Glen Buxton

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Glen Buxton
Glen Buxton.jpg
Background information
Birth nameGlen Edward Buxton
Born(1947-11-10)November 10, 1947
Akron, Ohio, U.S.
DiedOctober 19, 1997(1997-10-19) (aged 49)
Mason City, Iowa, U.S.
Genres Rock, hard rock, heavy metal
Occupation(s)Musician, songwriter
InstrumentsGuitar
Associated acts Alice Cooper, Virgin

Glen Edward Buxton (November 10, 1947 – October 19, 1997) was an American musician and composer, best known as lead guitarist for the original Alice Cooper group. In 2003, Rolling Stone ranked Buxton number 90 on its list of the 100 greatest guitarists of all time. [1] In 2011, he was posthumously inducted into the Rock and Roll Hall of Fame as a member of the original Alice Cooper group. [2]

Contents

Early life

Born in Akron, Ohio, Buxton moved to Phoenix, Arizona, and in 1964, while attending Cortez High School, made his debut in a rock band called The Earwigs. [3] It was composed of fellow high school students Dennis Dunaway, Vincent Furnier, John Tatum and John Speer. At the onset, Buxton was the only member who could play an instrument, and thus taught some of the other members to play after the group decided to take a shot at becoming a real band. They became popular locally, and changed their name to The Spiders in 1965 and later to The Nazz in 1967. [3] In 1966-67, guitarist John Tatum and drummer John Speer left the group, and rhythm guitarist/keyboardist Michael Bruce and drummer Neal Smith joined. In 1968, to avoid legal entanglements with the Todd Rundgren-led Nazz the group changed their name to Alice Cooper, premiering their new name at their performance at the Santa Barbara County Fairgrounds on March 20, 1968.

Alice Cooper

Buxton was the co-writer of hit songs like "School's Out", "I'm Eighteen", "Elected," and "10 Minutes Before the Worm". He is credited as lead guitarist on seven albums by Alice Cooper, including the chart-topping Billion Dollar Babies . However, he was "not invited" to play on 1973's Muscle of Love and does not appear, although he is credited due to management's concerns about band image with the fans. According to drummer Neal Smith, the absence was due to "problems that Glen was having with the demons of rock and roll at that particular time..." The band sought out other guitar players to fill in, including Dick Wagner and fellow Cortez High School alum Mick Mashbir.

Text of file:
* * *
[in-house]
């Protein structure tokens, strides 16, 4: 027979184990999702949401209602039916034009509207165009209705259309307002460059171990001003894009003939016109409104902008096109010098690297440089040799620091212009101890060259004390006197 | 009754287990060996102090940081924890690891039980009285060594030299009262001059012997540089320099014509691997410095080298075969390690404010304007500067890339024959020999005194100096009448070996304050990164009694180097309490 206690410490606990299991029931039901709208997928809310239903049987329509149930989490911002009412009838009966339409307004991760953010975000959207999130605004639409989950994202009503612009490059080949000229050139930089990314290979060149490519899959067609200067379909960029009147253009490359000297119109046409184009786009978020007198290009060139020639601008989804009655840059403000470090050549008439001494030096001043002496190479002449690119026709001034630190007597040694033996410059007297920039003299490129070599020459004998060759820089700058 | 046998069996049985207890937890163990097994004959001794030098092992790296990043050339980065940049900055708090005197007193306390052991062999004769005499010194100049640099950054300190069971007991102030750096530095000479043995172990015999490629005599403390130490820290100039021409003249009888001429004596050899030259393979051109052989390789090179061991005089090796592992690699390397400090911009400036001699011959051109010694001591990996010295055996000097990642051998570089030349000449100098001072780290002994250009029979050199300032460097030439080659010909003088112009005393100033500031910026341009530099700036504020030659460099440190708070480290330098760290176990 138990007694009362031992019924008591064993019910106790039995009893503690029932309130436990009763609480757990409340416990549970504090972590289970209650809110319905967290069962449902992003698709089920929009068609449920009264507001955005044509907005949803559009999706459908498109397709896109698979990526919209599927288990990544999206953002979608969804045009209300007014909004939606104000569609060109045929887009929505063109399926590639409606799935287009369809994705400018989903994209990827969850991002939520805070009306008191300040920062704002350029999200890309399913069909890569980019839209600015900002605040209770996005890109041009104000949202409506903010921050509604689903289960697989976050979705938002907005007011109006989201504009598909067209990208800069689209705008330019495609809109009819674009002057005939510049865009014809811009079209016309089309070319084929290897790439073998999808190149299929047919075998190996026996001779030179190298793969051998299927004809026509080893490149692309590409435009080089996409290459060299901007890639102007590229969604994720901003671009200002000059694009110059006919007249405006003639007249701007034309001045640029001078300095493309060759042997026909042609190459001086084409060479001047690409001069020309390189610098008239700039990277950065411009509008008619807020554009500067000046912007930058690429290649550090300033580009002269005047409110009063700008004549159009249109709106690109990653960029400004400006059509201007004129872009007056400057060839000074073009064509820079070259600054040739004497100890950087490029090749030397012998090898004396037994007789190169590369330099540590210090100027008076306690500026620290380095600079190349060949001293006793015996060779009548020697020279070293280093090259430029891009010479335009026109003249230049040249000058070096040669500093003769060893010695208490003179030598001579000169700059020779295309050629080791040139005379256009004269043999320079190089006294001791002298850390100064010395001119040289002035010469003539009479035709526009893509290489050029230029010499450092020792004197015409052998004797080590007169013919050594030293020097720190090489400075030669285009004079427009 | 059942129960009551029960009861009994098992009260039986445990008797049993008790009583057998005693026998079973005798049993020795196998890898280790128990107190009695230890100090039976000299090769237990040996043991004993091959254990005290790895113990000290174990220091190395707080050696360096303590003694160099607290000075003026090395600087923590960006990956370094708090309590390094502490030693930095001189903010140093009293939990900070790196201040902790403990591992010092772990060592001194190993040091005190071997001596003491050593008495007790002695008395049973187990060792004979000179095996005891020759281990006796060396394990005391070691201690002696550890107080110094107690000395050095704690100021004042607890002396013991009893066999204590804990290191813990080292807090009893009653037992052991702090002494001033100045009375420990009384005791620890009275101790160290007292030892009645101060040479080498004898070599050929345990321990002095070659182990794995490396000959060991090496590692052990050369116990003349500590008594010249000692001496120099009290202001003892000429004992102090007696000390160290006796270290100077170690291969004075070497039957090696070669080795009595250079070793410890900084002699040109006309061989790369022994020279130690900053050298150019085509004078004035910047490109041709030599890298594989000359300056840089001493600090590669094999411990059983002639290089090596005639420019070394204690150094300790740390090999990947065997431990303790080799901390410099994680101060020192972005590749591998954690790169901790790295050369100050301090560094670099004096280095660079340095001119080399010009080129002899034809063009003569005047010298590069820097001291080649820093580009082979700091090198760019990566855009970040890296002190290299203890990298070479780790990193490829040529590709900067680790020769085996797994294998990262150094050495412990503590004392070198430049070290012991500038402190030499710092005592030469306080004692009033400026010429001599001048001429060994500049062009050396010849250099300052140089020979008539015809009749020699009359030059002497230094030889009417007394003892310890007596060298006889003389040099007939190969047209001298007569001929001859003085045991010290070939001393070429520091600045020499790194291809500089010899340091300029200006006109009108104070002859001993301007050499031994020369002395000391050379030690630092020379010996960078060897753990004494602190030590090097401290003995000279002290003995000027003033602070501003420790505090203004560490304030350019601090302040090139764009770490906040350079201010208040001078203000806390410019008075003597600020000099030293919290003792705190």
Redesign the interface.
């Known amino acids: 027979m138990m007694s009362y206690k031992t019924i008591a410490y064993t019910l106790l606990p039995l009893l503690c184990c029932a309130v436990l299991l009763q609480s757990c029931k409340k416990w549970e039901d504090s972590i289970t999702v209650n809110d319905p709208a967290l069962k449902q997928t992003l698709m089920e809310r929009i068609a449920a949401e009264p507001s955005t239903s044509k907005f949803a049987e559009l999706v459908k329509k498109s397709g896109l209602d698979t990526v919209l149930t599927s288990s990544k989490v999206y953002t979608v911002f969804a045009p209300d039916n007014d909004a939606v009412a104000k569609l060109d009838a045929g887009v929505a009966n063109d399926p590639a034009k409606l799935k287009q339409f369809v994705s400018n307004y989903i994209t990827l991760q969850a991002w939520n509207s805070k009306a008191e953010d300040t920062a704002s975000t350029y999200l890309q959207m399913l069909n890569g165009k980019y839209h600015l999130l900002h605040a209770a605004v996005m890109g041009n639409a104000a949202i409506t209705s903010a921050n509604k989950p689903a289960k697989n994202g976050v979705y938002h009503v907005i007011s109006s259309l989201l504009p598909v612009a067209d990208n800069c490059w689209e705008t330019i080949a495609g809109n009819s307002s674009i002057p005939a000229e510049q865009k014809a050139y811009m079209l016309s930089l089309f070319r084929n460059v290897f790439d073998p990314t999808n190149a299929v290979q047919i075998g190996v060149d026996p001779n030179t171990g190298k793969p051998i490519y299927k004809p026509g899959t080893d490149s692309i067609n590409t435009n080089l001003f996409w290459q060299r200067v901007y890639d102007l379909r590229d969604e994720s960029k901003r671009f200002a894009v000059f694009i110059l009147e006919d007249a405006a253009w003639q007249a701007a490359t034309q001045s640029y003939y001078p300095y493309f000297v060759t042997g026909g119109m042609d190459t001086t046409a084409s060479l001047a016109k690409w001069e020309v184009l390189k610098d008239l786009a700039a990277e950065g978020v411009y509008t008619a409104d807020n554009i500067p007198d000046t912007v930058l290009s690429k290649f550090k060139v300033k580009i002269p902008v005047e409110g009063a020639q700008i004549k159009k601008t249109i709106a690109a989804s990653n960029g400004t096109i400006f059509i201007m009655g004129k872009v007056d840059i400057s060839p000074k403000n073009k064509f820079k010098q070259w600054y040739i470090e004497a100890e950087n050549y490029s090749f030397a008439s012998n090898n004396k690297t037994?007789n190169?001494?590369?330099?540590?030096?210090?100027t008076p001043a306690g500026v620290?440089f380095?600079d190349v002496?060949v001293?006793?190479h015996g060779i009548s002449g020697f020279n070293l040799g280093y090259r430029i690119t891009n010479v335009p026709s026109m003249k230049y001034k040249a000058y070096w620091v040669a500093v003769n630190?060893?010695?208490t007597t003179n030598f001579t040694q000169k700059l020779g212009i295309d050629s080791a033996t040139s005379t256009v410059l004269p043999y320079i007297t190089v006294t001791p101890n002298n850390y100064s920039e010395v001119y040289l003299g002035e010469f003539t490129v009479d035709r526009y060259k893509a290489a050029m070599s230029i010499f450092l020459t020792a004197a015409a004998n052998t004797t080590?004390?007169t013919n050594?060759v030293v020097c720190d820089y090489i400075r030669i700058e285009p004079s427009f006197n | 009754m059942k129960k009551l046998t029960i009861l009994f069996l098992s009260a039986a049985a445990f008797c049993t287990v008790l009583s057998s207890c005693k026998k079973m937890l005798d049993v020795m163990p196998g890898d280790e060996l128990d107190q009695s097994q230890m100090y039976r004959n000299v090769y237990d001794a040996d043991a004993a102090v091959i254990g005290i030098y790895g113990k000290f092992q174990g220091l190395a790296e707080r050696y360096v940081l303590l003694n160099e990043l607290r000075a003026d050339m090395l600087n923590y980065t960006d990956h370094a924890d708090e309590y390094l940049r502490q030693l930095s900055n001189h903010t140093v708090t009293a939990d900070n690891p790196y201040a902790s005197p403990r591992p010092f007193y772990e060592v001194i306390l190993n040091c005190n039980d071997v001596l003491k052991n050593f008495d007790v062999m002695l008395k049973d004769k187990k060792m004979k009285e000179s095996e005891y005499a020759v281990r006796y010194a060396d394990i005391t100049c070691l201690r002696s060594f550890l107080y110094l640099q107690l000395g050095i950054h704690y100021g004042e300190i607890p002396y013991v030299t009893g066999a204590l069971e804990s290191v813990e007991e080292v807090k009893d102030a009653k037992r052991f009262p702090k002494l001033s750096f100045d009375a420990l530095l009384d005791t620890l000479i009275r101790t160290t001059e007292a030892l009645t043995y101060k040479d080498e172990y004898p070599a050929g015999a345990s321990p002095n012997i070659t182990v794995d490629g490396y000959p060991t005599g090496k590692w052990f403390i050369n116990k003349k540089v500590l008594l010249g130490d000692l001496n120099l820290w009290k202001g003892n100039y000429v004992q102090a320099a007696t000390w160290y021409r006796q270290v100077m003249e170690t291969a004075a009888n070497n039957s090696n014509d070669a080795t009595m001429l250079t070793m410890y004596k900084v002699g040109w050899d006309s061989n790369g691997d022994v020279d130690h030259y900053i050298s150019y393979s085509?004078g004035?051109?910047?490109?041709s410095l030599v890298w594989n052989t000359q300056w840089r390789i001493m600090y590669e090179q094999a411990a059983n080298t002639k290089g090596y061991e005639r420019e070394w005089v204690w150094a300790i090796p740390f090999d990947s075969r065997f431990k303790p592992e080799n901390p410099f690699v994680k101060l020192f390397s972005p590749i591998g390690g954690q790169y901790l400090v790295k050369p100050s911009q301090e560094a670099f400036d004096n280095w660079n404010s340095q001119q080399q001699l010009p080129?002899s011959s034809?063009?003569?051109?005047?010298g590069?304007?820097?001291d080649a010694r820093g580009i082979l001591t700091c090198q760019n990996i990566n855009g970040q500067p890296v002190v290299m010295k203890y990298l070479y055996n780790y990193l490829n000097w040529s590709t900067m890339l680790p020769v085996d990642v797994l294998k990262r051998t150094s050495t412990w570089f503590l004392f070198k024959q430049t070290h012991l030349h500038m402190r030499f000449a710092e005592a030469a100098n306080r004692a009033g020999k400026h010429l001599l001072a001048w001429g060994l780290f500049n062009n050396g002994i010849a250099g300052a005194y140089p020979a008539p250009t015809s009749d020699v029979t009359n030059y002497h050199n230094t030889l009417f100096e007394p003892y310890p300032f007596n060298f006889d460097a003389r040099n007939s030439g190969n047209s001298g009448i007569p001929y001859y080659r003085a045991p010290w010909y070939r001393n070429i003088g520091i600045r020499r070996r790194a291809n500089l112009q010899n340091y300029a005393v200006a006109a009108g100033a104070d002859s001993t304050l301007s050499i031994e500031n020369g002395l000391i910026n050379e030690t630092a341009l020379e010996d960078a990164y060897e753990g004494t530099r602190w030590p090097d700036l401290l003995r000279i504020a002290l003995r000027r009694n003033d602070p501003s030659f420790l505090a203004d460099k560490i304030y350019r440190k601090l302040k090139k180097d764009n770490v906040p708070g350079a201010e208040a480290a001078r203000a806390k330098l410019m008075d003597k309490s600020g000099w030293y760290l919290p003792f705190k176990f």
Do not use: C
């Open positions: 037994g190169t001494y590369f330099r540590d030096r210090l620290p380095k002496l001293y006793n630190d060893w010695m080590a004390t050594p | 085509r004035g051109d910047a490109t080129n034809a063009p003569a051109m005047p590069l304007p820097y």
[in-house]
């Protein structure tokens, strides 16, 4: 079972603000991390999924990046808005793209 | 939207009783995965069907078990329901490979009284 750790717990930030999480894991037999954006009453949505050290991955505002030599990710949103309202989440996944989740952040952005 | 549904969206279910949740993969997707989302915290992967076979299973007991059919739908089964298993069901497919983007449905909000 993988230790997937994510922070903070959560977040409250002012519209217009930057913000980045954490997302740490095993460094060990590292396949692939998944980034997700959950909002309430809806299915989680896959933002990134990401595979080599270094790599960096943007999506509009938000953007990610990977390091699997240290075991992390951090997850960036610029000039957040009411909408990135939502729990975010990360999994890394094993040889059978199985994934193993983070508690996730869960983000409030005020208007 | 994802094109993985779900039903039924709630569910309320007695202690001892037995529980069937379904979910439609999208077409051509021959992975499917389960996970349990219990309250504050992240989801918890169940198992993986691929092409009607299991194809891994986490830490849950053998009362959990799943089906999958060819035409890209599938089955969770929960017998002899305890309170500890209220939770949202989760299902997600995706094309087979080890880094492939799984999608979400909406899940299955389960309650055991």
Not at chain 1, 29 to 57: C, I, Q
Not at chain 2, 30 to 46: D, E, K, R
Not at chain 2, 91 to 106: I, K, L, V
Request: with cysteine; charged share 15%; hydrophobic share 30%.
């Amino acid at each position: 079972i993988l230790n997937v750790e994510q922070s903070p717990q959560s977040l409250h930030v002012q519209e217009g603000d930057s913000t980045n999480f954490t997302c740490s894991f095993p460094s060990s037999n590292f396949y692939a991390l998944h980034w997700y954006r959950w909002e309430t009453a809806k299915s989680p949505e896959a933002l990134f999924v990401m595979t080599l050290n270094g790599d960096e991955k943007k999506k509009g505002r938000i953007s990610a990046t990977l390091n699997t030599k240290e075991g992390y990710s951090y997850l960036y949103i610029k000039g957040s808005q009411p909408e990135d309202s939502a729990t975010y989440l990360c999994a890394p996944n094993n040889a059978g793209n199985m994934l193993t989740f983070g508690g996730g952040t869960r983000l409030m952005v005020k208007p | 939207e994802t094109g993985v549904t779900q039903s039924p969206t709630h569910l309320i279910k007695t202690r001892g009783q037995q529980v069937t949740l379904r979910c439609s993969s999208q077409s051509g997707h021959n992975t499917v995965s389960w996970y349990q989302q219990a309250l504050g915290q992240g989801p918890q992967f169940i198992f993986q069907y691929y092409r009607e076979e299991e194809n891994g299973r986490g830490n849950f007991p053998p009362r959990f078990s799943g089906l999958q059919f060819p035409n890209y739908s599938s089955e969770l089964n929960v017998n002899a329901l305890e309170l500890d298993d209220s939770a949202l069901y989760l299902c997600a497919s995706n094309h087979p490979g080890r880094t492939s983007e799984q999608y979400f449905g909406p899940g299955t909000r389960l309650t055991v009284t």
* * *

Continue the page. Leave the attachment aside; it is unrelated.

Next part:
In an interview with Marc Maron, according to Alice Cooper, "Glen ended up being one of the great rock guitar players of all time. He created 'School's Out'. He created all that stuff." [4] In a separate interview, Cooper stated, "Glen was not a songwriter. He would write riffs, though. They would show up on the album, and even great guitar players would say, 'What is that line? It's so weird, but it's catchy.' Mike (Bruce) was much more into chord structure. So, Glen was always sort of our icing on the cake." [3]

Post Alice Cooper years

Throughout the late 1970s and 1980s, Buxton maintained a low profile, playing only occasional club gigs with bands like Shrapnel and Virgin. [3] In the 1990s, Buxton lived in Clarion, Iowa, performing with local artists. In 1994 Buxton founded the band Buxton-Flynn with his long time friend, Michael Flynn. The band played shows through out southern Minnesota and north Iowa.

Death

A few weeks before his 50th birthday November 10, Buxton died of complications from pneumonia at a hospital in Mason City, Iowa, on October 19, 1997, age 49. [5] He had recently spent time visiting and playing music with two of his Alice Cooper bandmates and longtime friends, Michael Bruce and Neal Smith. [3] With bassist Richie Scarlet (Frehley's Comet) filling in for Buxton's longtime friend and Alice Cooper bandmate Dennis Dunaway (who was unable to attend due to illness), and John Glenn on keyboards, Buxton, Smith, and Bruce performed on a morning radio show in Houston on October 10, 1997, and performed a concert at nightclub Area 51 in Houston on October 12, 1997. [6] [7] Buxton mentioned having some pain at the nightclub and his friends urged him to see a doctor, but Buxton replied he would wait until he got home. On October 19 his fiancée drove him to the hospital near his home in Clarion, Iowa, where he passed away of viral pneumonia. He is buried in Evergreen Cemetery in Clarion, Iowa. [8]

Discography

With Alice Cooper
With Ant-Bee

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References

  1. "The 100 Greatest Guitarists of All Time". Archived from the original on July 8, 2008. Retrieved May 2, 2009.CS1 maint: BOT: original-url status unknown (link), Rolling Stone.
  2. Alice Cooper, The Rock and Roll Hall of Fame and Museum.
  3. 1 2 3 4 5 Rodgers, Larry (March 8, 2011) [October 1999]. "Rock lifestyle caught up with Cooper guitarist Glen Buxton". The Arizona Republic . Retrieved April 13, 2016.
  4. http://www.wtfpod.com/podcast/episode-840-alice-cooper
  5. "Glen Buxton, lead guitar for Alice Cooper dies here". Wright County Examiner . October 23, 1997. Retrieved April 13, 2016.
  6. "The Original Glen Buxton: Area 51" . Retrieved October 19, 2018.
  7. ""I'm Eighteen" - Alice Cooper band "Rock Legends" live at Area 51" . Retrieved October 19, 2018.
  8. Glen Buxton at Find a Grave